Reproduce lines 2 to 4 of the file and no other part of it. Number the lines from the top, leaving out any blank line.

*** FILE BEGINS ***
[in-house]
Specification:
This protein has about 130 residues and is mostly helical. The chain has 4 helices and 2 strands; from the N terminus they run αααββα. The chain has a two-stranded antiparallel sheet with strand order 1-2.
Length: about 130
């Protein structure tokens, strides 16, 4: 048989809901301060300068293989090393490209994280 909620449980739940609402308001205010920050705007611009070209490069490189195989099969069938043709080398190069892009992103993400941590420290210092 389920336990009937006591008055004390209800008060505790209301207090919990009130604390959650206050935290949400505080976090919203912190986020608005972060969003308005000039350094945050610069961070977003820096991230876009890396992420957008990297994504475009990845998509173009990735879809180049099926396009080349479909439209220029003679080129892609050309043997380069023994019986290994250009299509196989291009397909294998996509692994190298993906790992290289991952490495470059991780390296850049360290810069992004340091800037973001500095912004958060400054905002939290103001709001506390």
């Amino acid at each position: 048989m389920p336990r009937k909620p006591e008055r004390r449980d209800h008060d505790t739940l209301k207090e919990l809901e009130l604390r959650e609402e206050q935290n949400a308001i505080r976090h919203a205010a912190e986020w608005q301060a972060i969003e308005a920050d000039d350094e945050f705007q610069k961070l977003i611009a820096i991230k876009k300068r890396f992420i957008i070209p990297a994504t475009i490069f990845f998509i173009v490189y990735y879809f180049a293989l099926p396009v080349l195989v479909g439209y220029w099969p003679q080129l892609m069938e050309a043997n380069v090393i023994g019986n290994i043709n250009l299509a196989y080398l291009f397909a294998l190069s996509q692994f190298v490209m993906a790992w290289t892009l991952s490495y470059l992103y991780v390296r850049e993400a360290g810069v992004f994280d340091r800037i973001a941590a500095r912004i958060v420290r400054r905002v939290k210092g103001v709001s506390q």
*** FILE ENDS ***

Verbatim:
Specification:
This protein has about 130 residues and is mostly helical. The chain has 4 helices and 2 strands; from the N terminus they run αααββα. The chain has a two-stranded antiparallel sheet with strand order 1-2.
Length: about 130